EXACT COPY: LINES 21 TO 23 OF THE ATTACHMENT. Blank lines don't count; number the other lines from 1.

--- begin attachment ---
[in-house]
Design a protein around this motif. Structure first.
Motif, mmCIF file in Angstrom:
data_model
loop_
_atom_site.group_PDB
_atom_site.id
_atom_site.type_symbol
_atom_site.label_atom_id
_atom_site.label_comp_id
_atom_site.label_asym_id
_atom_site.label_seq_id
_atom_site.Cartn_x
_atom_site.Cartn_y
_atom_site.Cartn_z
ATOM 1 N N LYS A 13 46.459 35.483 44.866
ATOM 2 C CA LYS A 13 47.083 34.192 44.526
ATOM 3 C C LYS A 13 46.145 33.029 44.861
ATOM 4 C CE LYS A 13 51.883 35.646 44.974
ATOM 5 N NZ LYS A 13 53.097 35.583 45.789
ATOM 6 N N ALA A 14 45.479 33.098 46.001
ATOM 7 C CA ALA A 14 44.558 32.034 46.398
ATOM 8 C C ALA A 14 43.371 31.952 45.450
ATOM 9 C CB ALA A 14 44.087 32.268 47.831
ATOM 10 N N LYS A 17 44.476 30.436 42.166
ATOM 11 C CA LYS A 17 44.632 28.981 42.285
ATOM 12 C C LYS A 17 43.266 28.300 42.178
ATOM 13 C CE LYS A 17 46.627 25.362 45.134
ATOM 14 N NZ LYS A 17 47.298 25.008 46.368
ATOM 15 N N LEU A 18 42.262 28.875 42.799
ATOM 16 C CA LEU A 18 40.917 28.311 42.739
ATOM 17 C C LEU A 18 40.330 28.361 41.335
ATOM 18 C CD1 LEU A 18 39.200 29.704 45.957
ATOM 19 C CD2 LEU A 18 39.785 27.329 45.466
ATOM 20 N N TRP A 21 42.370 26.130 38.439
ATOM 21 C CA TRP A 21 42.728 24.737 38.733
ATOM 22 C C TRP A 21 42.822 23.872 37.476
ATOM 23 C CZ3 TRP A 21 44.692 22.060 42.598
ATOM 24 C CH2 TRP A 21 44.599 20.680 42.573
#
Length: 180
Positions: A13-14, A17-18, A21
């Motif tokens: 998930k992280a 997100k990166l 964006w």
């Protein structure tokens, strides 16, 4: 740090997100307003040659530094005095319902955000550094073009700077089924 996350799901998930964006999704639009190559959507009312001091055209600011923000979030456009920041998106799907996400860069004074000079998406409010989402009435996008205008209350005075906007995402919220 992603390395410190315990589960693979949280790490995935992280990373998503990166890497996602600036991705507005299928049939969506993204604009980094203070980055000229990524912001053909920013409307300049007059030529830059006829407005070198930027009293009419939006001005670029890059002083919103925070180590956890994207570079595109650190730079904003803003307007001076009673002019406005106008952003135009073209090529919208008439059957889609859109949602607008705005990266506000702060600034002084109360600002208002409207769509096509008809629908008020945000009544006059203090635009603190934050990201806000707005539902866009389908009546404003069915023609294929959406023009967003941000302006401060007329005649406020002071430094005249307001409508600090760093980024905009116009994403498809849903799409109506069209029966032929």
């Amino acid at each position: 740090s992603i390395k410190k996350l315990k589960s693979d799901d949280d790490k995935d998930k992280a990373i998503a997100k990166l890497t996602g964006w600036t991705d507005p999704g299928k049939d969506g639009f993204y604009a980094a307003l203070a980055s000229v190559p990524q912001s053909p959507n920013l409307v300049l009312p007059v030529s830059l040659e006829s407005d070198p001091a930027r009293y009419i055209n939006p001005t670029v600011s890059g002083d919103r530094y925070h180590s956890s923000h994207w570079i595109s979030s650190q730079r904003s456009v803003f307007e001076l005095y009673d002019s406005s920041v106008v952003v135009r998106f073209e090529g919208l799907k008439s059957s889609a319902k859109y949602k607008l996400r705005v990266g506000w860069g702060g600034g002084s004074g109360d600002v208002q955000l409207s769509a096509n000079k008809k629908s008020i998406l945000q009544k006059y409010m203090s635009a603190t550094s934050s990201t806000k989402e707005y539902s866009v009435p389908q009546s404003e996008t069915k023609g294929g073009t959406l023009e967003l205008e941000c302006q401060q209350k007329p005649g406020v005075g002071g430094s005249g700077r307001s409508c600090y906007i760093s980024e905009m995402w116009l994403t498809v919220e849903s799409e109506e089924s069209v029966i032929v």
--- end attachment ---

ATOM 6 N N ALA A 14 45.479 33.098 46.001
ATOM 7 C CA ALA A 14 44.558 32.034 46.398
ATOM 8 C C ALA A 14 43.371 31.952 45.450